The Klimt University Of Vienna Ceiling Paintings, sometime referred to as the Faculty Paintings, are a series of three paintings that were created between 1900 and 1907 and which were destroyed by retreating Nazi forces in 1945. As the name of the series implies, they were created for the ceiling of the University Of Vienna Great Hall and each painting named after a specific theme – Philosophy, Medicine and Jurisprudence. Klimt was initially commissioned to create the works in 1894, but unfortunately when he actually got around to completing the works the public reaction was so overwhelmingly negative, with the paintings being described as ‘pornography’ and ‘perverted excess’ that they never went on display at the University.

Philosophy was the first of the three paintings to be completed, and Klimt presented it to the Austrian Government at the seventh Vienna Secession exhibition in 1900. The oil painting had already been awarded a gold medal at the 1900 World Exhibition in Paris but sadly for Klimt, his work didn't receive such an enthusiastic welcome in his native Austria. The original brief that Klimt had received from the University stated that theme of the work should be ‘The victory of light over darkness’. This was how Klimt had originally described the work - “On the left a group of figures, the beginning of life, fruition, decay. On the right, the globe as mystery. Emerging below, a figure of light: knowledge.”

Despite Klimt’s pitch, critics were unimpressed with how the work turned out, criticising the lackadaisical and aimless trance-like nature of the painting’s figures and stating that it evoked neither feelings of optimism or rationalism but was like a “viscous void”. Medicine was the next work that was completed, presented at the tenth Vienna Secession exhibition in 1901. The painting featured a column of nude figures representing the river of life on the right hand side with a nude female floating in the centre and an infant floating at her feet. The work sought to display the ambiguous unity of life and death, but unfortunately it didn’t quite cover what the University had hoped for which was the celebration of the role of medicine and science of healing.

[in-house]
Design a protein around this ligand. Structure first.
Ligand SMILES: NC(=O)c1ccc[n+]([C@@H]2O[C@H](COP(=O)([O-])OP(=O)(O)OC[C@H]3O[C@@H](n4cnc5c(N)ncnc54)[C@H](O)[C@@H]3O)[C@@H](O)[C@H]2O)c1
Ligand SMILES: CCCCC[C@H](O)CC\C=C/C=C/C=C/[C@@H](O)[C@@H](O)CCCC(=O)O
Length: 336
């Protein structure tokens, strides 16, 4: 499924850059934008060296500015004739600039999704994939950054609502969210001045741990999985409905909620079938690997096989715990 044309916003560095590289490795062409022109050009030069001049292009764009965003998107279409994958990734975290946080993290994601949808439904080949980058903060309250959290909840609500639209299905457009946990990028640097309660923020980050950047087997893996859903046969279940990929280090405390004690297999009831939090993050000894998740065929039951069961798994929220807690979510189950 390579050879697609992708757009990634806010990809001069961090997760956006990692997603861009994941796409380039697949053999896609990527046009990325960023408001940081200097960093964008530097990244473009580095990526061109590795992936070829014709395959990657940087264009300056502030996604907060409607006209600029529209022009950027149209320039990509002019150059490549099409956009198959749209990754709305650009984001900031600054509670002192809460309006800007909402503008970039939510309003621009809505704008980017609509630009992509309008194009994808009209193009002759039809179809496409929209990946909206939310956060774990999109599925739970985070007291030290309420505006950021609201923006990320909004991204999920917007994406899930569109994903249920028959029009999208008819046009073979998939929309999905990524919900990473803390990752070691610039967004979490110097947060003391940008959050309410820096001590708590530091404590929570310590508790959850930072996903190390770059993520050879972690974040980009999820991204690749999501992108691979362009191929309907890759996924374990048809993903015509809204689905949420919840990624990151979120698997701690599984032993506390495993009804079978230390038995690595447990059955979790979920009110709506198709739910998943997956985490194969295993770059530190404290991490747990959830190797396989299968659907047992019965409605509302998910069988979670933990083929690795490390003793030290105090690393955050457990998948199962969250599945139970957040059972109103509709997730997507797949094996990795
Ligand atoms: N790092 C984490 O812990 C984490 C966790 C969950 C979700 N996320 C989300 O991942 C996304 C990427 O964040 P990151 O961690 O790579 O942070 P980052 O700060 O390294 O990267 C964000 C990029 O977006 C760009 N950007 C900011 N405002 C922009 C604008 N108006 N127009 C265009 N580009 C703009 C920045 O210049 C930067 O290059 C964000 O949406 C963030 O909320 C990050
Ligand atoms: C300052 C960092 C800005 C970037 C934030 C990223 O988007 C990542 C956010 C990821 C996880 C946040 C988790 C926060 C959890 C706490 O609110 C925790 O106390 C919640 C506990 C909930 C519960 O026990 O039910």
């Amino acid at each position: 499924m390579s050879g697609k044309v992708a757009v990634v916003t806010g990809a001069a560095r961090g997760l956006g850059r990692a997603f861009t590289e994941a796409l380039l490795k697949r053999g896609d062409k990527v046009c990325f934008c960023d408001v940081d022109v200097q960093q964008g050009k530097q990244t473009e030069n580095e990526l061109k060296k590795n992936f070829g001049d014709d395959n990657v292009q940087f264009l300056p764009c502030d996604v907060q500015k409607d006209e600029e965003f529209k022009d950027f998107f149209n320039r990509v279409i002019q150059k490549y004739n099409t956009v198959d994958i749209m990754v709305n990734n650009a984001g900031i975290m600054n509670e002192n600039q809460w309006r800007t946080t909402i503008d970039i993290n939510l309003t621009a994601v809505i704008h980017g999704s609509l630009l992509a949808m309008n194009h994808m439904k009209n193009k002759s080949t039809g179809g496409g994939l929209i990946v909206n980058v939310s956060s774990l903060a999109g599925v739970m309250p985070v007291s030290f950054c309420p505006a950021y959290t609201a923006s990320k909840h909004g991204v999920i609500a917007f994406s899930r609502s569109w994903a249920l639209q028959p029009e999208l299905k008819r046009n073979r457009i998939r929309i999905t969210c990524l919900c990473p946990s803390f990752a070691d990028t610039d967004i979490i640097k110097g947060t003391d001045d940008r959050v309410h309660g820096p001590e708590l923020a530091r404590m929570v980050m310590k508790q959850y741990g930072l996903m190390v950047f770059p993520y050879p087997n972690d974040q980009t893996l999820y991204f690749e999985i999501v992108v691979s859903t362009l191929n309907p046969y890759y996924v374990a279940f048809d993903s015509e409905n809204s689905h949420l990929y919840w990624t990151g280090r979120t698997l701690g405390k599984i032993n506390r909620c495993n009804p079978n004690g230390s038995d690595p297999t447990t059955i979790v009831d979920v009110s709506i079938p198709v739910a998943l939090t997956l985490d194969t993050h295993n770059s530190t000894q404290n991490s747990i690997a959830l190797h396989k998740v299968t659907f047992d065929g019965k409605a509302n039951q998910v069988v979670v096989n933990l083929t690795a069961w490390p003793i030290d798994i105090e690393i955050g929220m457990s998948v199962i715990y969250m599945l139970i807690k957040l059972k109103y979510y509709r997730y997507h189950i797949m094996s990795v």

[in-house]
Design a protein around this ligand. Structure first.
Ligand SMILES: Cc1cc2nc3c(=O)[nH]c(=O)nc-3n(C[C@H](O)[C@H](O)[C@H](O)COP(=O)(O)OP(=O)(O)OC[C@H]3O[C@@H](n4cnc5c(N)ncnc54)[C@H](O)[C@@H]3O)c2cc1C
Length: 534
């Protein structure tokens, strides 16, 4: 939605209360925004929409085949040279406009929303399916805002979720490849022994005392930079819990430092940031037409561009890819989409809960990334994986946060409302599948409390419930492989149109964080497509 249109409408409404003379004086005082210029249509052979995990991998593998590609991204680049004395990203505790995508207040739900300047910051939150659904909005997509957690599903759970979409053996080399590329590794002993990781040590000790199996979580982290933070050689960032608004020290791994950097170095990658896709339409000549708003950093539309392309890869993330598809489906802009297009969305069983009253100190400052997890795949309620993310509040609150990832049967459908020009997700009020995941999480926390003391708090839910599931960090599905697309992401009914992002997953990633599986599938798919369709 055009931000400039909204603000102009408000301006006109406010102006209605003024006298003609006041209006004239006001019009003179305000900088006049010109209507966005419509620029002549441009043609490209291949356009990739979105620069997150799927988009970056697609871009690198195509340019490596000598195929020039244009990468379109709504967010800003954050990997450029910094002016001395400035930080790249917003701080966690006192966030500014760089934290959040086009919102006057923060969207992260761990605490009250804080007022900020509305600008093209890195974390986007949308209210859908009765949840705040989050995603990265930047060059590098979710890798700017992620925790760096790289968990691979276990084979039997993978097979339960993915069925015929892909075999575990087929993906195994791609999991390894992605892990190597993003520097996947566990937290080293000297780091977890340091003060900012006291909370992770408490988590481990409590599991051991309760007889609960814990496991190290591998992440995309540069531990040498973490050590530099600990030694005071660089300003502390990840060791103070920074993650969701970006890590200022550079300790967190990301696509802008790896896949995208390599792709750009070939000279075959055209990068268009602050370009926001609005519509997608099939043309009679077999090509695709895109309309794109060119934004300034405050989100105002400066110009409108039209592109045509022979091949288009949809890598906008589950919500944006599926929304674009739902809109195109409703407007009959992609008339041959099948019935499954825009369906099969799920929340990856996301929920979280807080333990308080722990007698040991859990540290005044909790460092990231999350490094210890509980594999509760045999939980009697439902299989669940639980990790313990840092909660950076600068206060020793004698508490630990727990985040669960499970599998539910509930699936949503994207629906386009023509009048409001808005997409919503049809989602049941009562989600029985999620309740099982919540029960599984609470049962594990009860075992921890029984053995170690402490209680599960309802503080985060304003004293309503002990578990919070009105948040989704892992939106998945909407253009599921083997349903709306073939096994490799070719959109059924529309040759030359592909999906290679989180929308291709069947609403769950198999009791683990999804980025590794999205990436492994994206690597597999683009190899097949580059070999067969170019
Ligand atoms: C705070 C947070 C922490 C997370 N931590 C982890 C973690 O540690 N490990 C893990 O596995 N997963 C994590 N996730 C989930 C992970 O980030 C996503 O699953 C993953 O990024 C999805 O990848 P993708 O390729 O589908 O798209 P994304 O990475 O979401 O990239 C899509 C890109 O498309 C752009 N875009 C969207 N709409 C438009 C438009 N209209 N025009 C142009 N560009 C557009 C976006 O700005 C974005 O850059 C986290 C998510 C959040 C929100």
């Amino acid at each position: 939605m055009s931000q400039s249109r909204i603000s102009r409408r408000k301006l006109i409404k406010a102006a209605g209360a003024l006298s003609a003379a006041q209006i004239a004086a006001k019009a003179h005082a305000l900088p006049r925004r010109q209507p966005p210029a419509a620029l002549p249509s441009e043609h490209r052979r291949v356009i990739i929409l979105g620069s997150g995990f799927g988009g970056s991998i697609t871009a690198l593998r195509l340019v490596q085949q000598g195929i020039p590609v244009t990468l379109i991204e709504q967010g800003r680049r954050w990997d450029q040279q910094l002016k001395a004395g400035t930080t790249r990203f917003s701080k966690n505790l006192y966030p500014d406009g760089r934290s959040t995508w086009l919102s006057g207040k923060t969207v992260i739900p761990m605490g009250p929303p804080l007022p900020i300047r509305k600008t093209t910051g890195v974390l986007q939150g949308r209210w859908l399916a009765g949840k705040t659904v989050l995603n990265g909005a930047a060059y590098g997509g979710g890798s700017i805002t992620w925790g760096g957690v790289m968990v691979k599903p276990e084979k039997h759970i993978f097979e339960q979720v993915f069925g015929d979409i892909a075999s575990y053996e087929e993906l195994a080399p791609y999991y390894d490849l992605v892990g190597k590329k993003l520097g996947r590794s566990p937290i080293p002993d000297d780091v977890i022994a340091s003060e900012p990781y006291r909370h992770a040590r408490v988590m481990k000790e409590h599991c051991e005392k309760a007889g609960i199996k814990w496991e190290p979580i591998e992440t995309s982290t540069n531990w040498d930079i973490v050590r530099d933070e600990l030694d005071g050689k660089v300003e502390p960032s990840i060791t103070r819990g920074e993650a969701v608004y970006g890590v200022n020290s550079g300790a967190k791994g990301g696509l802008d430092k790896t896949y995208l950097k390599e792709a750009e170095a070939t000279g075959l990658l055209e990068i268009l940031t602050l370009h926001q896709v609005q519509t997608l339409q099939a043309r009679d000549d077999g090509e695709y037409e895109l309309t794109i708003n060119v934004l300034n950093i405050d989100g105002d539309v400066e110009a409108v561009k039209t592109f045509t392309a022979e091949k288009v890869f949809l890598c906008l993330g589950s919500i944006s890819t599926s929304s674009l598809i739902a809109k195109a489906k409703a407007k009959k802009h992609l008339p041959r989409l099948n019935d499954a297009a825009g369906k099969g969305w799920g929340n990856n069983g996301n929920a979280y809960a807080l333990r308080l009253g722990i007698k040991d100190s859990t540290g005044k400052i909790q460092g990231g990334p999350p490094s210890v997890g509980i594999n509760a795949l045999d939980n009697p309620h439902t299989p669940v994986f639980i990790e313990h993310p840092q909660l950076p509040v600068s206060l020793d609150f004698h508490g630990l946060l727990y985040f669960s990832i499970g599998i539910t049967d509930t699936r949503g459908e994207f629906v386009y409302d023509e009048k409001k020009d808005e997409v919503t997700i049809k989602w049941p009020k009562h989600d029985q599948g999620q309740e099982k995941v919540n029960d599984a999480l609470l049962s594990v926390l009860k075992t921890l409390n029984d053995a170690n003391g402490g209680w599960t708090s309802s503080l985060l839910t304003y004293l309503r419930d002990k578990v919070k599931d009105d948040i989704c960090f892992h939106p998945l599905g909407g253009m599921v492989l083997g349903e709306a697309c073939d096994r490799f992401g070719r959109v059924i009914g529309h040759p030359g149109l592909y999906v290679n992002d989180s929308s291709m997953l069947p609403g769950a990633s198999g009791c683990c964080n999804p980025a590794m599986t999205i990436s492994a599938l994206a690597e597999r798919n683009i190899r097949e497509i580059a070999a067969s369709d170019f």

Zero for two, Klimt’s third work in the series Jurisprudence didn’t fare much better when it was presented at the eighteenth Vienna Secession exhibition in 1903 (those guys really exhibited a lot). It features three female furies, Truth, Justice and Law, who are punishing a condemned man with an octopus’s deadly embrace. The psycho-sexual connotations in the work and the anxiety that it evoked meant that it too was rejected by the University. A total of 87 members of the University’s faculty protested against the works and the issue was even raised at the Austrian Parliament although no action was taken. It was to be the last time that Klimt would accept a commission from the state, saying, “I’ve had enough of censorship … I reject all state support, I don’t want any of it.”

Although the State refused to display the works, they insisted that they were still their property. Klimt only managed to retain possession of the paintings by threatening the removal men with a shotgun. The paintings then passed through various hands before being taken to Schloss Immendorf, a castle in southern Austria, in 1943 for safekeeping. Sadly the castle was destroyed by fire by retreating German SS forces in May of 1945, and the paintings were lost forever. All that remains now is photograph of a section of Medicine, shown above, and some preparatory sketches.